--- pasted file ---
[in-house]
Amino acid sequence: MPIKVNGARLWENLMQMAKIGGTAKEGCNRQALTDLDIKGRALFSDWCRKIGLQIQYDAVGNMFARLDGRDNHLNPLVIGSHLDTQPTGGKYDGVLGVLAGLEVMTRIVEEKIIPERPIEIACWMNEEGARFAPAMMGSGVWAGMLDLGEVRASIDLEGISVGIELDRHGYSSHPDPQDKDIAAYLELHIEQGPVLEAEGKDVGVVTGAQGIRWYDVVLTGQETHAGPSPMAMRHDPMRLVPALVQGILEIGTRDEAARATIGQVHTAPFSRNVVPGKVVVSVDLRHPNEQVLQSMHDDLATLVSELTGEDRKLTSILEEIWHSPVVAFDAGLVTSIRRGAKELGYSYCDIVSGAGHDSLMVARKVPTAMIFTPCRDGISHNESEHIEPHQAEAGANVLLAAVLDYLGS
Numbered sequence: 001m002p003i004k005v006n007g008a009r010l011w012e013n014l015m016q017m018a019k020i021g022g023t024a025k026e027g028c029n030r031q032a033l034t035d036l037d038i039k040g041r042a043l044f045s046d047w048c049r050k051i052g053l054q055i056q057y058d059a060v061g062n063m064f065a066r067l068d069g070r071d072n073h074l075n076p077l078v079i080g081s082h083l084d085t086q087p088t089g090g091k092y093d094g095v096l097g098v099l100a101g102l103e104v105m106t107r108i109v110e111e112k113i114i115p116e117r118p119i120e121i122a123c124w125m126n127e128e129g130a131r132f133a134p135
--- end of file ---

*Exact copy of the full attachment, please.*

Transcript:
[in-house]
Amino acid sequence: MPIKVNGARLWENLMQMAKIGGTAKEGCNRQALTDLDIKGRALFSDWCRKIGLQIQYDAVGNMFARLDGRDNHLNPLVIGSHLDTQPTGGKYDGVLGVLAGLEVMTRIVEEKIIPERPIEIACWMNEEGARFAPAMMGSGVWAGMLDLGEVRASIDLEGISVGIELDRHGYSSHPDPQDKDIAAYLELHIEQGPVLEAEGKDVGVVTGAQGIRWYDVVLTGQETHAGPSPMAMRHDPMRLVPALVQGILEIGTRDEAARATIGQVHTAPFSRNVVPGKVVVSVDLRHPNEQVLQSMHDDLATLVSELTGEDRKLTSILEEIWHSPVVAFDAGLVTSIRRGAKELGYSYCDIVSGAGHDSLMVARKVPTAMIFTPCRDGISHNESEHIEPHQAEAGANVLLAAVLDYLGS
Numbered sequence: 001m002p003i004k005v006n007g008a009r010l011w012e013n014l015m016q017m018a019k020i021g022g023t024a025k026e027g028c029n030r031q032a033l034t035d036l037d038i039k040g041r042a043l044f045s046d047w048c049r050k051i052g053l054q055i056q057y058d059a060v061g062n063m064f065a066r067l068d069g070r071d072n073h074l075n076p077l078v079i080g081s082h083l084d085t086q087p088t089g090g091k092y093d094g095v096l097g098v099l100a101g102l103e104v105m106t107r108i109v110e111e112k113i114i115p116e117r118p119i120e121i122a123c124w125m126n127e128e129g130a131r132f133a134p135